How Lighthouses Work


Image Gallery: Lighthouses A lighthouse is a tower and beacon with a long history. See more pictures of lighthouses.
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To the weary sailors of yesteryear, it represents the final stretch -- and perhaps the most hazardous portion -- of a long voyage. To modern-day aficionados, it is a glimmering monument to the history of a maritime community. But whatever meaning gets attached to it, a lighthouse is something far simpler: a tower and a beacon.

In an era before GPS and other navigational apparatuses, lighthouses served two primary purposes. The first was illuminating waterways made treacherous by shoals, reefs, rocks and other hazards as ships left the open ocean and pulled into port. Most lighthouses also include fog signals such as horns, bells or cannons, which sound to warn ships of hazards during periods of low visibility.

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The second purpose is to serve as a reference to mariners. An individual lighthouse distinguished itself with its day mark -- the color schemes and patterns on the tower -- and its light signature. For example, a lighthouse might emit two flashes every three seconds to distinguish it from a lighthouse that emits four flashes every three seconds. Even today, if the GPS goes on the fritz, crews reference light lists to plot a course -- those regional indices of lighthouses and their distinguishing traits.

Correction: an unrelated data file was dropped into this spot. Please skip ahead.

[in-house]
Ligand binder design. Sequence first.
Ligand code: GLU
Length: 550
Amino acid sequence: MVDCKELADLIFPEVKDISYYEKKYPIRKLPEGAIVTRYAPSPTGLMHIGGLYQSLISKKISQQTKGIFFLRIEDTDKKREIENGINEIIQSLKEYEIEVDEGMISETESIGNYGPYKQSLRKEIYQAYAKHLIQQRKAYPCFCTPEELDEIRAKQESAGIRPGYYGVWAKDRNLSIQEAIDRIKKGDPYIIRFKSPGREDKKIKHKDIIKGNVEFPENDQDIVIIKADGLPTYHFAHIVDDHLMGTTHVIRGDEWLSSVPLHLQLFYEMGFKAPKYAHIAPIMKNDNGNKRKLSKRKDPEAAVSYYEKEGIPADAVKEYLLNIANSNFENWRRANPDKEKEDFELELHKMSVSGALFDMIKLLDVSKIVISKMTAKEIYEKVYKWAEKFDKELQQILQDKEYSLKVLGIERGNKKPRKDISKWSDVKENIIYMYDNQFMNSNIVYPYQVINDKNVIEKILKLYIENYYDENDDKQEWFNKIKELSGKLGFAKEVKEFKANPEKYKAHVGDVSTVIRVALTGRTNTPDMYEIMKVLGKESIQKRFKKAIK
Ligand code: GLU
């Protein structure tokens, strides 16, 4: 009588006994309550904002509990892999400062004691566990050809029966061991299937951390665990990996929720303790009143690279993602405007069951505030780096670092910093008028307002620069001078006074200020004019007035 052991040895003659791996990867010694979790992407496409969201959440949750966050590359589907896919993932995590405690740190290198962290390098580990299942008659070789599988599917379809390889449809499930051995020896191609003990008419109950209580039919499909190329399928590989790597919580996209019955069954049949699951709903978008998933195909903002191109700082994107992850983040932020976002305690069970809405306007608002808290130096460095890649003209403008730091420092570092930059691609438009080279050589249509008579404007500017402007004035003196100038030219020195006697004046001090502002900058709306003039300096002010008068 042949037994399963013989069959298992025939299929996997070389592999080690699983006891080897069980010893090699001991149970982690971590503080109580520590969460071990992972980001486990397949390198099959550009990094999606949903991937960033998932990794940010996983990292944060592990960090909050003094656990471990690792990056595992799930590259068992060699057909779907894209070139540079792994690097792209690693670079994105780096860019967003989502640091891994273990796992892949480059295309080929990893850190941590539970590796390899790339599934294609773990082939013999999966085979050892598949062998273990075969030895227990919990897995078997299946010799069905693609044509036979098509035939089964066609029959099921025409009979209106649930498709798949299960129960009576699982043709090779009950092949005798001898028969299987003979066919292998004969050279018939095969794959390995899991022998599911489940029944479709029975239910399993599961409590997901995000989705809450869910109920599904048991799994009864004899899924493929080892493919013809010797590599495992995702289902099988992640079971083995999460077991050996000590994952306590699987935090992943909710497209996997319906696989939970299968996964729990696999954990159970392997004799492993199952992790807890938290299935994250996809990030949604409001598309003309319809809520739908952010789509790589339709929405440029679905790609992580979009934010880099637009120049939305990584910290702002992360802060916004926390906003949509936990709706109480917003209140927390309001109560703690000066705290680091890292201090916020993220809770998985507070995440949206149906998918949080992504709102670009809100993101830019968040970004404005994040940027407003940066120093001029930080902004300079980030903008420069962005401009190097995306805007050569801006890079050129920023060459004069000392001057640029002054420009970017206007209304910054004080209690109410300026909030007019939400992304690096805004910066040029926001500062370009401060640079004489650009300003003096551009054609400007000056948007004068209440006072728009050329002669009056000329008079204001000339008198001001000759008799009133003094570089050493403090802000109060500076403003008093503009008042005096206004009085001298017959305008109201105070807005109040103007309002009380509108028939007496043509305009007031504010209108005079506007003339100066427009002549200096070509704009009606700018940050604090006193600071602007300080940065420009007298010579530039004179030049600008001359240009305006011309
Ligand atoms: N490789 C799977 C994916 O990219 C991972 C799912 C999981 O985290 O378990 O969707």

At points before their automation in the 20th century, lighthouses had to accommodate cumbersome systems as well as a light-keeping staff to keep shining 24 hours a day. In addition to a lighthouse, a complete light station might include a fog signal building, a boathouse, living quarters for the keeper and his family and a separate oil house to cordon off the flammable agents that powered the lamps.

No two lighthouses have been built the same. Early lighthouses used whatever materials were available locally: wood, brick, stone, concrete, reinforced steel and cast iron. Some lighthouses are placed onshore overlooking the water, while some are built offshore on reefs or patches of rocks. Even the height of the tower changes from one lighthouse to the next depending on the view from the water. A lighthouse overlooking a 100-foot (30.48 meter) cliff, for example, wouldn't need to be built as tall as one positioned closer to sea level.

There are regional similarities in construction, however: Lighthouses built in the Outer Banks of North Carolina are built in intervals so that if a ship maneuvering down the coast lost sight of one lighthouse, it would find the glow of the next one [source: Gales].

Click ahead for a glimpse of lighthouses through the years.

The History and Technology of Lighthouses